Restructuring likely to be highest for MSMEs, would lead to 18% jump in stressed assets this FY: Crisil

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October 19, 2021 1:56 PM

Credit and Finance for MSMEs: In order to alleviate Covid stress among MSMEs, the Reserve Bank of India (RBI) in June this year had expanded the scope of restructuring facility for existing MSME loans from Rs 25 crore earlier to Rs 50 crore.

The government in September had extended ECLGS further to March 31, 2022, or till guarantees for the overall ceiling of Rs 4.5 lakh crore are issued, whichever is earlier.

Credit and Finance for MSMEs: Gross non-performing assets (NPAs) of banks are projected to increase to 8-9 per cent this fiscal year, though below the peak of 11.2 per cent witnessed at FY18 end, as Covid relief measures including restructuring dispensation, and the Emergency Credit Line Guarantee Scheme (ECLGS) will help restrict growth, credit rating agency Crisil said on Tuesday. However, the most impacted MSME and retail segments are likely to see a higher accretion of NPAs and stressed assets.

Even as MSMEs benefitted from the ECLGS scheme, which was recently expanded in terms of its limit and period, the sector is expected to see a deteiroration of asset quality and would also need restructuring to tide over cash-flow problems, Crisil said. The restructuring is likely to be the highest for the MSME segment — at 4-5 per cent of the loan book that would lead to growth in stressed assets to 17-18 per cent by this fiscal end from around 14 per cent last fiscal. The gross NPAs were around 10 per cent in the MSME category during the 2020 fiscal year and are expected to be around 12 per cent by March 2021.

“MSMEs have always been affected by issues in the past. They were impacted during Covid due to reasons such as many large enterprises (they serve) were also finding it challenging to grow. However, as the economy recovers further with the relief given by the RBI and the government, things should improve for MSMEs in the medium term to around a year while there could be issues in the short run. Many of them (MSMEs) should be in a position to break even and recover by March,” VG Kannan, former Chief Executive at the Indian Banks’ Association told Financial Express Online.

The government in September had extended ECLGS further to March 31, 2022, or till guarantees for the overall ceiling of Rs 4.5 lakh crore are issued, whichever is earlier. As of September 24, 2021, loans sanctioned had crossed Rs 2.86 lakh crore under the ECLGS scheme, and out of total guarantees issued, about 95 per cent were for loans sanctioned to MSMEs, the Finance Ministry had said in its statement. The last date of disbursement under the scheme was also extended to June 30, 2022.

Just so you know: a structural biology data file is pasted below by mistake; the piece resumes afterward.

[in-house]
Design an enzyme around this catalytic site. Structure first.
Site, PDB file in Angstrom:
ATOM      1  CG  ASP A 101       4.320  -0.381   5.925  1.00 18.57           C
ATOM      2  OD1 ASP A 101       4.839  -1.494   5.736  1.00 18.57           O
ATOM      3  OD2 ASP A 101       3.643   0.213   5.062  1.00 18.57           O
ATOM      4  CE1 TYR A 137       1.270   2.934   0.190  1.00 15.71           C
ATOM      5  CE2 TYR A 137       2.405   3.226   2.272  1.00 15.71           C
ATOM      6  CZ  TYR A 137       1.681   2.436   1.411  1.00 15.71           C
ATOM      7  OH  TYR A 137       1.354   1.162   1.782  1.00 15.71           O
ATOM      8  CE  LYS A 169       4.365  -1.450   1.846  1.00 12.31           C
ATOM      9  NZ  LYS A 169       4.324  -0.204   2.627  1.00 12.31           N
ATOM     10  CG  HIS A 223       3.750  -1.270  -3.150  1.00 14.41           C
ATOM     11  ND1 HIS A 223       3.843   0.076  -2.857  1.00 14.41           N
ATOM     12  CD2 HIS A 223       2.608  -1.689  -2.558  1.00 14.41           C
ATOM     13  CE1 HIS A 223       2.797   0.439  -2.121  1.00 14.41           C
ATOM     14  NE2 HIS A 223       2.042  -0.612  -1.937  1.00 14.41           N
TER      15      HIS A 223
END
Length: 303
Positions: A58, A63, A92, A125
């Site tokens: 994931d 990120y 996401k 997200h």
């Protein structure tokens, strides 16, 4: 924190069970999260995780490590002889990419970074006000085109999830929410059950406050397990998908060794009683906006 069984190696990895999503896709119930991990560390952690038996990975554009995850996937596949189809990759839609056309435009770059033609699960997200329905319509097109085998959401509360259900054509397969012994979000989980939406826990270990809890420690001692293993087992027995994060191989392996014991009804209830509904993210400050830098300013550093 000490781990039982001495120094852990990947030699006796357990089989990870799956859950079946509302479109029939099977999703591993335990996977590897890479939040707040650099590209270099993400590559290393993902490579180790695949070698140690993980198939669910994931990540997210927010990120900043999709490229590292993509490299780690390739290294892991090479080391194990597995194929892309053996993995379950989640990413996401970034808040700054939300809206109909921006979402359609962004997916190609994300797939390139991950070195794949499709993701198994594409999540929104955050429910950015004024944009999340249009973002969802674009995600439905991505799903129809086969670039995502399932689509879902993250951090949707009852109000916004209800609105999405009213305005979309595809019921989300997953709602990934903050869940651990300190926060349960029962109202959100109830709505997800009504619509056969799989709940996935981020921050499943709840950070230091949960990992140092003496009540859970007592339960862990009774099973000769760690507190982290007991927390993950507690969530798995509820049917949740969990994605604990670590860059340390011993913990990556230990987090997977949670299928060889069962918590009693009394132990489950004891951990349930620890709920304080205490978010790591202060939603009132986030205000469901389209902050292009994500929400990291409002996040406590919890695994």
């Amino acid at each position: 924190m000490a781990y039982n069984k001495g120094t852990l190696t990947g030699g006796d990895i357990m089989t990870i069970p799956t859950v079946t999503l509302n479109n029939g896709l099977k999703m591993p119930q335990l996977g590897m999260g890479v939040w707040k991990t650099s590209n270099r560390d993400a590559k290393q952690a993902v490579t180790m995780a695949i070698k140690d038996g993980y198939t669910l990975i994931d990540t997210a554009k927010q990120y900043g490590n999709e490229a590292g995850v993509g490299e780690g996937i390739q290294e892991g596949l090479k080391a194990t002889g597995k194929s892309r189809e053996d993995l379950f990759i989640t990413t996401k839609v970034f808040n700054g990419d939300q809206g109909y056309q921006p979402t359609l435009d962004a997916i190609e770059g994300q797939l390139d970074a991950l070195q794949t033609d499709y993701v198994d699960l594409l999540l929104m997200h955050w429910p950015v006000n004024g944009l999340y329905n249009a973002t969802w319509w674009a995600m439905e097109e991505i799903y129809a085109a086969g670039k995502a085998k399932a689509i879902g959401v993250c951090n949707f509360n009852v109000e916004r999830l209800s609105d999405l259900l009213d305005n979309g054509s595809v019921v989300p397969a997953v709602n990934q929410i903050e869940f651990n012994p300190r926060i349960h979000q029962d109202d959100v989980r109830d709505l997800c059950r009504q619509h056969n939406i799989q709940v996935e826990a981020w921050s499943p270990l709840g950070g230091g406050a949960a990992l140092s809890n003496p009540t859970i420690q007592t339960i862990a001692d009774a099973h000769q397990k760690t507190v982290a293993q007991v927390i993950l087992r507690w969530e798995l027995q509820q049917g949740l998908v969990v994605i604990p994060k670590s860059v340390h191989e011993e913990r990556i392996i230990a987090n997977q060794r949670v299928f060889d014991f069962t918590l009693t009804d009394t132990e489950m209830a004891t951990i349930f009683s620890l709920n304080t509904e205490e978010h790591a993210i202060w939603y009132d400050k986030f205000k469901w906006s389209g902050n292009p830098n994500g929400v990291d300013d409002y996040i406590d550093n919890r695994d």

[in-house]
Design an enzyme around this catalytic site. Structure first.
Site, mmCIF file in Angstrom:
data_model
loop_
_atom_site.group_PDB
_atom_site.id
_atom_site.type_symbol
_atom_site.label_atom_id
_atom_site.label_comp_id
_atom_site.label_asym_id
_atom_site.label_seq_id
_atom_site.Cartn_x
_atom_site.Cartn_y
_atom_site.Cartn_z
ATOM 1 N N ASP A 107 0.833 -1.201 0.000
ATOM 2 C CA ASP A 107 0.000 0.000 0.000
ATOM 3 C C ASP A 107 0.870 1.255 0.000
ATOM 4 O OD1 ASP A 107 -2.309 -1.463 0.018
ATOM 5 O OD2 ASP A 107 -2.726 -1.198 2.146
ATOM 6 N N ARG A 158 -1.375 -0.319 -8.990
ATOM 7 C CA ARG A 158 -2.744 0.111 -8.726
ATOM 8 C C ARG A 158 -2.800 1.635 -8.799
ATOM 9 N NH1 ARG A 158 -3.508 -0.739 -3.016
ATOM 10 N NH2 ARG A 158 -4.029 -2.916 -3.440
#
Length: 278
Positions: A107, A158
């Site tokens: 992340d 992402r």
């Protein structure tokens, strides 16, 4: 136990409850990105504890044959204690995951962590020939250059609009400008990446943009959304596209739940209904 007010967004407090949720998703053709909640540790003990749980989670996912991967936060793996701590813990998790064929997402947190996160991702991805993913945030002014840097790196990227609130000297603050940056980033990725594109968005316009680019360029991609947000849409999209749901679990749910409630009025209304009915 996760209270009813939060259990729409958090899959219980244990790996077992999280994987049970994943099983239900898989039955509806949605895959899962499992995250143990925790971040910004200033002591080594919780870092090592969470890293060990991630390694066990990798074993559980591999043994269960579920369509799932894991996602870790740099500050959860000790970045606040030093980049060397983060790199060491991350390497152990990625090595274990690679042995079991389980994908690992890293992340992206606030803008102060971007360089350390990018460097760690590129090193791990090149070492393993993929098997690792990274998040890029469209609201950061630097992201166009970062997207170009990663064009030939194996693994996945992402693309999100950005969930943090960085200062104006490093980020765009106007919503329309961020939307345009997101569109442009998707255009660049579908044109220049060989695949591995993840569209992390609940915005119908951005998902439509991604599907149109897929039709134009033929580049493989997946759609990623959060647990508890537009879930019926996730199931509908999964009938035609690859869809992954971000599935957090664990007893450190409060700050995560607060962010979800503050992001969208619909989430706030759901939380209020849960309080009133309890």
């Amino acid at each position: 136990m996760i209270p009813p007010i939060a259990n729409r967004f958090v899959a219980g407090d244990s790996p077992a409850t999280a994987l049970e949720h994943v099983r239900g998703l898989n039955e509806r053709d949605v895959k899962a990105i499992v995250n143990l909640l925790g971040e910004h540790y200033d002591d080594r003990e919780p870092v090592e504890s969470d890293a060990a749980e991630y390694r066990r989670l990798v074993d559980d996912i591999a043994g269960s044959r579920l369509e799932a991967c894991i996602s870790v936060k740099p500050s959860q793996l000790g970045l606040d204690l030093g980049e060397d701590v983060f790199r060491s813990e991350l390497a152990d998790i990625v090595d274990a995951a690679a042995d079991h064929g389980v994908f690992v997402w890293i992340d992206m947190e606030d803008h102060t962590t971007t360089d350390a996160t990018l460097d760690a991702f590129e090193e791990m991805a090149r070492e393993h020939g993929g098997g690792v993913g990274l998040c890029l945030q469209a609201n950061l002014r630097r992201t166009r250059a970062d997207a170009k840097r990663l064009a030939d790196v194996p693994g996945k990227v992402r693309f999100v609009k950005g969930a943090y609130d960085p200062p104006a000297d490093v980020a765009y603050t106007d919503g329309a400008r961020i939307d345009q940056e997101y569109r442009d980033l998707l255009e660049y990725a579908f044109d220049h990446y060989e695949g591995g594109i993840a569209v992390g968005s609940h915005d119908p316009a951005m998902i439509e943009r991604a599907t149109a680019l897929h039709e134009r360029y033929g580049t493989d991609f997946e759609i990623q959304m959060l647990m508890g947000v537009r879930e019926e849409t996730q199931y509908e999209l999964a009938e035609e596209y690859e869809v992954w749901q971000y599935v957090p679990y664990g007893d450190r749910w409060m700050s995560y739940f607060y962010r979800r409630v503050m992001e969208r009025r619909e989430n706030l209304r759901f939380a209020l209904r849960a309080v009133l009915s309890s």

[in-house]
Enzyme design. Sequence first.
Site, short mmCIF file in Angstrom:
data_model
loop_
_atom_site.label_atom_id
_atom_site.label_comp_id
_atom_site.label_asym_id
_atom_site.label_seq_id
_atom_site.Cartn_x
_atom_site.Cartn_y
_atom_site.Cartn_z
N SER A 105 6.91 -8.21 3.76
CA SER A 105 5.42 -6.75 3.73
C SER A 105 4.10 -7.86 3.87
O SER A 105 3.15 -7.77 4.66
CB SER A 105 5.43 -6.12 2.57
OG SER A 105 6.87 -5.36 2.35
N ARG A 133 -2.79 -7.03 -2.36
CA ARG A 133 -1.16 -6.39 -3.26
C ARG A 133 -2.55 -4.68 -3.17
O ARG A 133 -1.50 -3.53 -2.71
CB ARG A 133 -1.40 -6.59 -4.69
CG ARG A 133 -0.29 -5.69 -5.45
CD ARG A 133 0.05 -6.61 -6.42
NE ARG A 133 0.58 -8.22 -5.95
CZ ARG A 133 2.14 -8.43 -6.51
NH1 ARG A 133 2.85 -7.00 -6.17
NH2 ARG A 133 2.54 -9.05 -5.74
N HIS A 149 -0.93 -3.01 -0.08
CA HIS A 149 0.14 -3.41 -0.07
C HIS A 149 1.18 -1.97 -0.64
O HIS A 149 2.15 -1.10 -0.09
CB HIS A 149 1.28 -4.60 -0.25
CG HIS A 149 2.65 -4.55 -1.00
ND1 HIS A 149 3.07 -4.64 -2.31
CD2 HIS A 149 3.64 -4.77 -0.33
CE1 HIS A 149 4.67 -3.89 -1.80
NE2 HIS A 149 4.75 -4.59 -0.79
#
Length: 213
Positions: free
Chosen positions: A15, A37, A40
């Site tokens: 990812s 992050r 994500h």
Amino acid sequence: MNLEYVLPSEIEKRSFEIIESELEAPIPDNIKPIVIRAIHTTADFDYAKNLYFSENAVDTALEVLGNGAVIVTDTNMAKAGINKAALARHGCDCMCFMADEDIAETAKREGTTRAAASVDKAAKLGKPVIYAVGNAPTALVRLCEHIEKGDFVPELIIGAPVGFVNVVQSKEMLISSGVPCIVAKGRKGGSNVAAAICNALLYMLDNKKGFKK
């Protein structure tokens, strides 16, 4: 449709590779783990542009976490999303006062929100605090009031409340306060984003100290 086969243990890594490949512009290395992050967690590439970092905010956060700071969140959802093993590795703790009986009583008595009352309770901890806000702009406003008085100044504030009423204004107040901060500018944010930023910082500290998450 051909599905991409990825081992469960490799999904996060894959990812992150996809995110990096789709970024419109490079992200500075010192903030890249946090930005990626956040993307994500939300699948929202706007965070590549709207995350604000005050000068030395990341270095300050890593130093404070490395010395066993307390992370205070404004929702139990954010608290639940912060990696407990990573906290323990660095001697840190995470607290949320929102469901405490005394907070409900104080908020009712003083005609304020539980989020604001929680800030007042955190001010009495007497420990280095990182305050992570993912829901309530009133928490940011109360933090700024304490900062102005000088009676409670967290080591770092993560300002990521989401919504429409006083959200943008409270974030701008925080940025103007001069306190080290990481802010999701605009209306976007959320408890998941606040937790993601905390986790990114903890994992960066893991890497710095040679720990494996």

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“The retail and MSME segments, which together form around 40 per cent of bank credit, are expected to see higher accretion of NPAs and stressed assets this time around. Stressed assets in these segments are seen rising to 4-5 per cent and 17-18 per cent, respectively, by this fiscal end. The numbers would have trended even higher but for write-offs, primarily in the unsecured segment,” said Krishnan Sitaraman, Senior Director and Deputy Chief Ratings Officer, Crisil Ratings.

In terms of MSME loan accounts restructuring by the public sector banks (PSBs), the accounts restructured had grown 2.1X from 6,19,562 accounts involving Rs 22,650 crore as of January 31, 2020, to 13.06 lakh accounts involving Rs 55,333 crore as of June 26, 2021. The data was shared by the MSME Minister Narayan Rane in the Lok Sabha in July this year. The last year’s data was shared by former Finance Ministry MoS Anurag Thakur in the Rajya Sabha in March 2020.

In order to alleviate Covid stress among MSMEs, the Reserve Bank of India (RBI) in June this year had expanded the scope of restructuring facility for existing MSME loans from Rs 25 crore earlier to Rs 50 crore without a downgrade in the asset classification till September 30, 2021. On the other hand, the retail segment, which had a relatively stable run over the past decade, has been singed by the pandemic, with salaried and self-employed borrowers alike facing significant income challenges and higher medical expenses, especially in the second wave, the rating agency added.

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